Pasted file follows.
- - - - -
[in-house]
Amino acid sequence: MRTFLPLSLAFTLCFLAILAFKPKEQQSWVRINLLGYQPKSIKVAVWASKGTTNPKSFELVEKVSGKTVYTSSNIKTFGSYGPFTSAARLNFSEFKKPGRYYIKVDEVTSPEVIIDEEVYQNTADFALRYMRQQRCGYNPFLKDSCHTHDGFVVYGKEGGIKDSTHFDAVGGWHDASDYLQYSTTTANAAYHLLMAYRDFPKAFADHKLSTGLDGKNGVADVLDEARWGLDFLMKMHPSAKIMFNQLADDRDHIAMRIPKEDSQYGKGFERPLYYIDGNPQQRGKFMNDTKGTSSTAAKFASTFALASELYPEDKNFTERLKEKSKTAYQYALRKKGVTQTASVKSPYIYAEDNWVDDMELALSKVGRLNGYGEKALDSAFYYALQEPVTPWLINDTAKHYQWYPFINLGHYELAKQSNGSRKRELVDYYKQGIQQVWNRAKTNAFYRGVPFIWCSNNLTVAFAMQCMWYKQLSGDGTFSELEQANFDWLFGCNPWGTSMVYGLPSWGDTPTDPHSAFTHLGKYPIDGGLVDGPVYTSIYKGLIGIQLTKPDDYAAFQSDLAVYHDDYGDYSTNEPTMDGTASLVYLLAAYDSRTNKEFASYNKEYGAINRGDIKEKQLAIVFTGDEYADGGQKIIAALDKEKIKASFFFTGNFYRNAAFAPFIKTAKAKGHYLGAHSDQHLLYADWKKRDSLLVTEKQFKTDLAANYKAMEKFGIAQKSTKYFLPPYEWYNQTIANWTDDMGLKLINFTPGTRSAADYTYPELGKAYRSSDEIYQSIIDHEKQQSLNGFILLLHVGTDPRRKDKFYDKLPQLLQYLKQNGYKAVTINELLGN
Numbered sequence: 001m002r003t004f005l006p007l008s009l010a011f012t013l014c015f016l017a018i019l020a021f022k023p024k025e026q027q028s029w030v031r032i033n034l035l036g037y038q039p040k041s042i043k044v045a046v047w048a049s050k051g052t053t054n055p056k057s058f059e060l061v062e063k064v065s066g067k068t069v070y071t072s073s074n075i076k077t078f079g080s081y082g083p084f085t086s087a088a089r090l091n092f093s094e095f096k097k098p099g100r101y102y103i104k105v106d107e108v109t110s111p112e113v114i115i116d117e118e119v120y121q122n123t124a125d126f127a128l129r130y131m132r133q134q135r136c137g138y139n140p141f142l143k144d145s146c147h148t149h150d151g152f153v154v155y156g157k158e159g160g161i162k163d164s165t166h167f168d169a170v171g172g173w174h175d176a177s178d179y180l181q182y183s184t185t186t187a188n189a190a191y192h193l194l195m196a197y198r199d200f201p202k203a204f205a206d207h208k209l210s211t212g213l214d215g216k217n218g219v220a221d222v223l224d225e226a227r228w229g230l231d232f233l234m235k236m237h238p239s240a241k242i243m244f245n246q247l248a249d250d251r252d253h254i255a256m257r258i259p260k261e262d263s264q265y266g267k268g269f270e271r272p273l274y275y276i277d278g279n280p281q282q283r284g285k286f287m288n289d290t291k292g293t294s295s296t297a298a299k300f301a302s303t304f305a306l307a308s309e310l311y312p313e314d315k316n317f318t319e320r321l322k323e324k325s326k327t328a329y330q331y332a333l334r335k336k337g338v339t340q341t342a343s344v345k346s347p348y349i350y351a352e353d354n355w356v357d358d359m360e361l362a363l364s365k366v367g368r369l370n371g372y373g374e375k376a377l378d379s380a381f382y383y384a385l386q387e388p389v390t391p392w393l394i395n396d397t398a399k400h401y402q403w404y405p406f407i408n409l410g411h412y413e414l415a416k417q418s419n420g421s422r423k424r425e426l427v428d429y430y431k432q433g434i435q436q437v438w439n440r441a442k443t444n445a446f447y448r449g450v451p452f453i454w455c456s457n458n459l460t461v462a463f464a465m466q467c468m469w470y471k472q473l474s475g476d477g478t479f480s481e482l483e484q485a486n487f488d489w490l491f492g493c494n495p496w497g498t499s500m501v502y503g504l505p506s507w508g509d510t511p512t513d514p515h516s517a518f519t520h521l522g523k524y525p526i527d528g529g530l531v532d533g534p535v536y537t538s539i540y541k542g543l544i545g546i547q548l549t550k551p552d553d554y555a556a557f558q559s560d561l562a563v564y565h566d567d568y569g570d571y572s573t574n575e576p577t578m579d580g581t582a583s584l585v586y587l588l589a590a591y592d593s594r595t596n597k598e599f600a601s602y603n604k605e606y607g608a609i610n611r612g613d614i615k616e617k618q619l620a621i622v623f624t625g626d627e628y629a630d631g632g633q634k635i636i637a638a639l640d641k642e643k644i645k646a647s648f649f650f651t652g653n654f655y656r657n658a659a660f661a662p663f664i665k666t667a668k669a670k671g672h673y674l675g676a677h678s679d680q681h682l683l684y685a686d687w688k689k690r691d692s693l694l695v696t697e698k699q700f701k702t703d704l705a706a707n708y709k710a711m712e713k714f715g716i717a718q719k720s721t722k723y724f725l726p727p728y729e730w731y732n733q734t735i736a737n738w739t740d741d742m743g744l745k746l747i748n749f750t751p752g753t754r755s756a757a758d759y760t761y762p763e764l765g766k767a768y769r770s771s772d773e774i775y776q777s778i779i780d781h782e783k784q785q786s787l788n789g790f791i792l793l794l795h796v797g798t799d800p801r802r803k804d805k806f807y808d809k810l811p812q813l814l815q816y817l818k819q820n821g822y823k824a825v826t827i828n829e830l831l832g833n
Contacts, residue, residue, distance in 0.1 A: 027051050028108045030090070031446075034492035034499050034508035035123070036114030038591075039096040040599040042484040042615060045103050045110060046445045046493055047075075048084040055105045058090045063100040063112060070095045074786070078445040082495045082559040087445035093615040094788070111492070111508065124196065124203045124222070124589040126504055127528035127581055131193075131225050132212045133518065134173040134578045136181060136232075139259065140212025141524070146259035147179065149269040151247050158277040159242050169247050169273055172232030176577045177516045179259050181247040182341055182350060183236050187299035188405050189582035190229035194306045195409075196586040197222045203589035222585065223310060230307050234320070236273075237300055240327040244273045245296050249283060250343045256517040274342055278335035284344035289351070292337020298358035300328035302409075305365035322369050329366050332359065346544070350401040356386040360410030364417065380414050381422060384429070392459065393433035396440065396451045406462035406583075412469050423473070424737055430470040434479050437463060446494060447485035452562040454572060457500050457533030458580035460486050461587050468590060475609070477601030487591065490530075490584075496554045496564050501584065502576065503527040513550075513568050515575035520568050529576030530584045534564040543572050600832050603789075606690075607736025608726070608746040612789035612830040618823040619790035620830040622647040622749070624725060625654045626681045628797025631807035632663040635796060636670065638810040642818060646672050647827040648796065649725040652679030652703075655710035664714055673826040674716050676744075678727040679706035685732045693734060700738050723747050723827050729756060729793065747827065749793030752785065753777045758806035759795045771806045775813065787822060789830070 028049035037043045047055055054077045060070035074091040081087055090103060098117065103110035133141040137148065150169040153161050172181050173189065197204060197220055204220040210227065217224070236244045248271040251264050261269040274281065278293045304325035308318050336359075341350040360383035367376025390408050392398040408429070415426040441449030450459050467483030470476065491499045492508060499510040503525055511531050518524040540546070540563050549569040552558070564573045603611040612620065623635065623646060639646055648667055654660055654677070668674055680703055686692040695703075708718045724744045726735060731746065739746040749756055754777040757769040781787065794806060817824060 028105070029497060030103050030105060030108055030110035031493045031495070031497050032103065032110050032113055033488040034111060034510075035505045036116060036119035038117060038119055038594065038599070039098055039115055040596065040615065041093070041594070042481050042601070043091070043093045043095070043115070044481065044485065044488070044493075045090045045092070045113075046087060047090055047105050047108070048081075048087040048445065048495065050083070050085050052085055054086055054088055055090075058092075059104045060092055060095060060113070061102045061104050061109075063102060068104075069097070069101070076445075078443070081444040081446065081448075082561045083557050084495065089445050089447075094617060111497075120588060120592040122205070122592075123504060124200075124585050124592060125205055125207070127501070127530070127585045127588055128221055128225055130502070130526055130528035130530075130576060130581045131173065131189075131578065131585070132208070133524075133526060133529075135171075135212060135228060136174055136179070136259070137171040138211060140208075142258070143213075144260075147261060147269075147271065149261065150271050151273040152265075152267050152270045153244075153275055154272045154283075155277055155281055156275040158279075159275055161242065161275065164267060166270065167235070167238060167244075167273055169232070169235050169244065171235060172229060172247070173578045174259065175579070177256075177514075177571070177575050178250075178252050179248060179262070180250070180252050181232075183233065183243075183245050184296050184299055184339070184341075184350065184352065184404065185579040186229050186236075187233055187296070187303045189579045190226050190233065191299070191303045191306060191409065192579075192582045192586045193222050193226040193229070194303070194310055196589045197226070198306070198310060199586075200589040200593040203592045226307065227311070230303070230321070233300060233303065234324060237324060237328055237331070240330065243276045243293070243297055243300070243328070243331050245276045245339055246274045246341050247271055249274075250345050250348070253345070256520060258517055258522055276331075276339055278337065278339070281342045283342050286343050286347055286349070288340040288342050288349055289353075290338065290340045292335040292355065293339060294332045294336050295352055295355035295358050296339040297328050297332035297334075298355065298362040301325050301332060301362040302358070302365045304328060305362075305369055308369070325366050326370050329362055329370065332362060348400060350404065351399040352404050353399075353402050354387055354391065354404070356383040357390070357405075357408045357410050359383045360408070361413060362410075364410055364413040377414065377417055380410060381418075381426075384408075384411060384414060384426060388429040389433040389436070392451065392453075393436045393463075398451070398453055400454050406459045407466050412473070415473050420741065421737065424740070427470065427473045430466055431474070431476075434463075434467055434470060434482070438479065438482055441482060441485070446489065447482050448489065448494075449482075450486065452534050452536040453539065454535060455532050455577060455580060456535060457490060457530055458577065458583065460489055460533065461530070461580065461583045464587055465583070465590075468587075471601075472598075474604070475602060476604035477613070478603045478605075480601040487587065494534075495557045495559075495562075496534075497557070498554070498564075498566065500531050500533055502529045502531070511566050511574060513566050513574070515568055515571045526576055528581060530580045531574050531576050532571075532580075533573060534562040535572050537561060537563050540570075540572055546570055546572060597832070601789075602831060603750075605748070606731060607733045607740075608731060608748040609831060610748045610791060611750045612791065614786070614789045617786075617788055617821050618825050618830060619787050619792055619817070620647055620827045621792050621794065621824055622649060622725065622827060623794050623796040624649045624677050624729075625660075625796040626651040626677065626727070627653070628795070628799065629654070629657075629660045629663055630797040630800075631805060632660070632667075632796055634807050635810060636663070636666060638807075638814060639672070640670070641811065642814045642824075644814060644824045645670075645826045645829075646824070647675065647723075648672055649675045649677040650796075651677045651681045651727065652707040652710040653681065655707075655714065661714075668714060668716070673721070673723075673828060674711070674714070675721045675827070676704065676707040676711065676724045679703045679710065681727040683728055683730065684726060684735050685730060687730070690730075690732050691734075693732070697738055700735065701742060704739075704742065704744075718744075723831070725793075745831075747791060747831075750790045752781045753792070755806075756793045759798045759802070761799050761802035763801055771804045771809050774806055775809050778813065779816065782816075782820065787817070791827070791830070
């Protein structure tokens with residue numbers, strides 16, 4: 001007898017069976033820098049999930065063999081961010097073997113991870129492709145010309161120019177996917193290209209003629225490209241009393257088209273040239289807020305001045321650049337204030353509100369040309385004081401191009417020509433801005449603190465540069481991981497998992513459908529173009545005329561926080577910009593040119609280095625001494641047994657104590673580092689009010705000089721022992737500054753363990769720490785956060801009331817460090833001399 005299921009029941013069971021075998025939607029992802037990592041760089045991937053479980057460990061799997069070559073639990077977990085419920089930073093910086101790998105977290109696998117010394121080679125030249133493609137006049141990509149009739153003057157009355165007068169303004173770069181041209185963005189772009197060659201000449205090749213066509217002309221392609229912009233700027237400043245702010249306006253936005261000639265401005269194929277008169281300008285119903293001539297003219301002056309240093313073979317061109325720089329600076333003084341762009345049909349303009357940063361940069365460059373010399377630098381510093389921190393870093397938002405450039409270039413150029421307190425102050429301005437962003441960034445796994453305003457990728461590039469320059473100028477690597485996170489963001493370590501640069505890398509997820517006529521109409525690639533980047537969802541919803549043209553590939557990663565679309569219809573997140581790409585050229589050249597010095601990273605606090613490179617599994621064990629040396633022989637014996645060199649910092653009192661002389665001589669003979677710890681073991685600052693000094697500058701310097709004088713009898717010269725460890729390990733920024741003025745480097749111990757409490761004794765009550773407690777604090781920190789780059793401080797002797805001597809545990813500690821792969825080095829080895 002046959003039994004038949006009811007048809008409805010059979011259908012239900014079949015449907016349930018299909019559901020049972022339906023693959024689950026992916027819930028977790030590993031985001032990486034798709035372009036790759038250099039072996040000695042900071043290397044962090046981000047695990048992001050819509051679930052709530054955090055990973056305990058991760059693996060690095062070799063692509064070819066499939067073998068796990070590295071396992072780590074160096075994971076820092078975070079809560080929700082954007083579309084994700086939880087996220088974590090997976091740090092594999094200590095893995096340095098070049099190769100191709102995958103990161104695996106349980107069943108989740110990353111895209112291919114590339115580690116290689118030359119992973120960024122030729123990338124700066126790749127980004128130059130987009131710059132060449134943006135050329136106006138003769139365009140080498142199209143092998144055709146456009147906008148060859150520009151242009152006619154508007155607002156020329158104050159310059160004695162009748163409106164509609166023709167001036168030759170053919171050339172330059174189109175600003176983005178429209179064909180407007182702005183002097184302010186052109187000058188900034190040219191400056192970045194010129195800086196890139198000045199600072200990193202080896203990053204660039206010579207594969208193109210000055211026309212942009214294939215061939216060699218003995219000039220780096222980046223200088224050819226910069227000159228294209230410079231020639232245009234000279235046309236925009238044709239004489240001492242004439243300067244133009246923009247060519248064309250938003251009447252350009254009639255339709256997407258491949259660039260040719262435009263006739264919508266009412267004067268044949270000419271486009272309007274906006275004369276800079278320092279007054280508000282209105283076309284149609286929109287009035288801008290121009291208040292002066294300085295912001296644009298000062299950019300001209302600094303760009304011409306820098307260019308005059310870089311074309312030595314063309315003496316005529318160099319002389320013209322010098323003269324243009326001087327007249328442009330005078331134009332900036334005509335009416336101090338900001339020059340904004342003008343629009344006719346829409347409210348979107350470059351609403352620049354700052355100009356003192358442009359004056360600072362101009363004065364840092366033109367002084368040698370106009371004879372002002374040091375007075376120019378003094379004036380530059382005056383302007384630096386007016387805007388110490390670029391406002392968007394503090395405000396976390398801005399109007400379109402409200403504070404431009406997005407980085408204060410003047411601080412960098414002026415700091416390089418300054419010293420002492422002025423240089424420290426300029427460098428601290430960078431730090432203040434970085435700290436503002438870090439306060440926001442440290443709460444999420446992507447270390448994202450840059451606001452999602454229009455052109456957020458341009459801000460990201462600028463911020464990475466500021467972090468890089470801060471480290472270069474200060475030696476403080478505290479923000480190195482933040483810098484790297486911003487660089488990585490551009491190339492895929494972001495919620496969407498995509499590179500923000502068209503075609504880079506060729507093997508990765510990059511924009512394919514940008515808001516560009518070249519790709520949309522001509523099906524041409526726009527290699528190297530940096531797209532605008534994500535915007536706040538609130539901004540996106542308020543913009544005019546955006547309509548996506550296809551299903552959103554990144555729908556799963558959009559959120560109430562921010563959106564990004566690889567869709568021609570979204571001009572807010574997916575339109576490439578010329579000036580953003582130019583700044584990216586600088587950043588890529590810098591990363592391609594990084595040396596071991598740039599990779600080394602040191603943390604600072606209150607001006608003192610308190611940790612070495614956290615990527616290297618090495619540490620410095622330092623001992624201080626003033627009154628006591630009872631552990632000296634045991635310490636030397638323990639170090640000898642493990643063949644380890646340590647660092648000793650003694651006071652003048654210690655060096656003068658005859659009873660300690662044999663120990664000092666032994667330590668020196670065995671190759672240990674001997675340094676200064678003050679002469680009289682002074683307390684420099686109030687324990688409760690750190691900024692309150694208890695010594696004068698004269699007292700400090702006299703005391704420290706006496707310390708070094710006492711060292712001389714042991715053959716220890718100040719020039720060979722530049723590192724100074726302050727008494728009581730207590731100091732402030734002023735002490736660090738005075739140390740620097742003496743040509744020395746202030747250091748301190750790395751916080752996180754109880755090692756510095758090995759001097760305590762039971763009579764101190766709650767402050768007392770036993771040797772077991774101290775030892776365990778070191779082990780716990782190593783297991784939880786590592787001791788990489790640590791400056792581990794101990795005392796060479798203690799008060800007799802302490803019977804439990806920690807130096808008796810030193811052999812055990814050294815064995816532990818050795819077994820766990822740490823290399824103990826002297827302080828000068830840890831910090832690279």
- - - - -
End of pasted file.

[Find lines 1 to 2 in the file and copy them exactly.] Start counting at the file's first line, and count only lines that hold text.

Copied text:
[in-house]
Amino acid sequence: MRTFLPLSLAFTLCFLAILAFKPKEQQSWVRINLLGYQPKSIKVAVWASKGTTNPKSFELVEKVSGKTVYTSSNIKTFGSYGPFTSAARLNFSEFKKPGRYYIKVDEVTSPEVIIDEEVYQNTADFALRYMRQQRCGYNPFLKDSCHTHDGFVVYGKEGGIKDSTHFDAVGGWHDASDYLQYSTTTANAAYHLLMAYRDFPKAFADHKLSTGLDGKNGVADVLDEARWGLDFLMKMHPSAKIMFNQLADDRDHIAMRIPKEDSQYGKGFERPLYYIDGNPQQRGKFMNDTKGTSSTAAKFASTFALASELYPEDKNFTERLKEKSKTAYQYALRKKGVTQTASVKSPYIYAEDNWVDDMELALSKVGRLNGYGEKALDSAFYYALQEPVTPWLINDTAKHYQWYPFINLGHYELAKQSNGSRKRELVDYYKQGIQQVWNRAKTNAFYRGVPFIWCSNNLTVAFAMQCMWYKQLSGDGTFSELEQANFDWLFGCNPWGTSMVYGLPSWGDTPTDPHSAFTHLGKYPIDGGLVDGPVYTSIYKGLIGIQLTKPDDYAAFQSDLAVYHDDYGDYSTNEPTMDGTASLVYLLAAYDSRTNKEFASYNKEYGAINRGDIKEKQLAIVFTGDEYADGGQKIIAALDKEKIKASFFFTGNFYRNAAFAPFIKTAKAKGHYLGAHSDQHLLYADWKKRDSLLVTEKQFKTDLAANYKAMEKFGIAQKSTKYFLPPYEWYNQTIANWTDDMGLKLINFTPGTRSAADYTYPELGKAYRSSDEIYQSIIDHEKQQSLNGFILLLHVGTDPRRKDKFYDKLPQLLQYLKQNGYKAVTINELLGN